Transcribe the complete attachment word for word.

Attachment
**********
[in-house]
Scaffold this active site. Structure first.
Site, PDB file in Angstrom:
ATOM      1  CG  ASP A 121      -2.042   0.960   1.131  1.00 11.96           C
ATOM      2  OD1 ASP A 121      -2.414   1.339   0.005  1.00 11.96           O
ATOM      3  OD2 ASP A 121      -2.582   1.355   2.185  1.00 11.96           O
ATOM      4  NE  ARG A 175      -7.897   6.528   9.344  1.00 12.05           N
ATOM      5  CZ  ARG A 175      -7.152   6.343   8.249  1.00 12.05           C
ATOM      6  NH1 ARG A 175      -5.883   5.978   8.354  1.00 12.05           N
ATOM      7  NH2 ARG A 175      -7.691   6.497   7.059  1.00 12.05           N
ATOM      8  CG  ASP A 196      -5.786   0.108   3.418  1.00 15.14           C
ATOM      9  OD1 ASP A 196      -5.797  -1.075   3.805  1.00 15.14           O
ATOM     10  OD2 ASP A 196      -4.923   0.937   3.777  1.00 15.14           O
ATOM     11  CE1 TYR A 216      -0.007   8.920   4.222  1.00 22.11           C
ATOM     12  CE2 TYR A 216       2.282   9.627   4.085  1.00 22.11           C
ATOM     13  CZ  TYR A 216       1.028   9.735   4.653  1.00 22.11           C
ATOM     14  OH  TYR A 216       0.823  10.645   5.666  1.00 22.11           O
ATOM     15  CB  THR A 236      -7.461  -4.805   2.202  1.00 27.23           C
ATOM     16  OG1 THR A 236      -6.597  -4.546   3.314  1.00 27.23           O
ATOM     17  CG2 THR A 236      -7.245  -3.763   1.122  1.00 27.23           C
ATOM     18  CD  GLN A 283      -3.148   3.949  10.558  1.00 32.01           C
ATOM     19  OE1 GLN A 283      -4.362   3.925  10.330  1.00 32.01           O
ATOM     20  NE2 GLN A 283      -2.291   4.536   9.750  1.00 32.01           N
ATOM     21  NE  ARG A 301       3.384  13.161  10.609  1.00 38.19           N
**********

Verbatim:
[in-house]
Scaffold this active site. Structure first.
Site, PDB file in Angstrom:
ATOM      1  CG  ASP A 121      -2.042   0.960   1.131  1.00 11.96           C
ATOM      2  OD1 ASP A 121      -2.414   1.339   0.005  1.00 11.96           O
ATOM      3  OD2 ASP A 121      -2.582   1.355   2.185  1.00 11.96           O
ATOM      4  NE  ARG A 175      -7.897   6.528   9.344  1.00 12.05           N
ATOM      5  CZ  ARG A 175      -7.152   6.343   8.249  1.00 12.05           C
ATOM      6  NH1 ARG A 175      -5.883   5.978   8.354  1.00 12.05           N
ATOM      7  NH2 ARG A 175      -7.691   6.497   7.059  1.00 12.05           N
ATOM      8  CG  ASP A 196      -5.786   0.108   3.418  1.00 15.14           C
ATOM      9  OD1 ASP A 196      -5.797  -1.075   3.805  1.00 15.14           O
ATOM     10  OD2 ASP A 196      -4.923   0.937   3.777  1.00 15.14           O
ATOM     11  CE1 TYR A 216      -0.007   8.920   4.222  1.00 22.11           C
ATOM     12  CE2 TYR A 216       2.282   9.627   4.085  1.00 22.11           C
ATOM     13  CZ  TYR A 216       1.028   9.735   4.653  1.00 22.11           C
ATOM     14  OH  TYR A 216       0.823  10.645   5.666  1.00 22.11           O
ATOM     15  CB  THR A 236      -7.461  -4.805   2.202  1.00 27.23           C
ATOM     16  OG1 THR A 236      -6.597  -4.546   3.314  1.00 27.23           O
ATOM     17  CG2 THR A 236      -7.245  -3.763   1.122  1.00 27.23           C
ATOM     18  CD  GLN A 283      -3.148   3.949  10.558  1.00 32.01           C
ATOM     19  OE1 GLN A 283      -4.362   3.925  10.330  1.00 32.01           O
ATOM     20  NE2 GLN A 283      -2.291   4.536   9.750  1.00 32.01           N
ATOM     21  NE  ARG A 301       3.384  13.161  10.609  1.00 38.19           N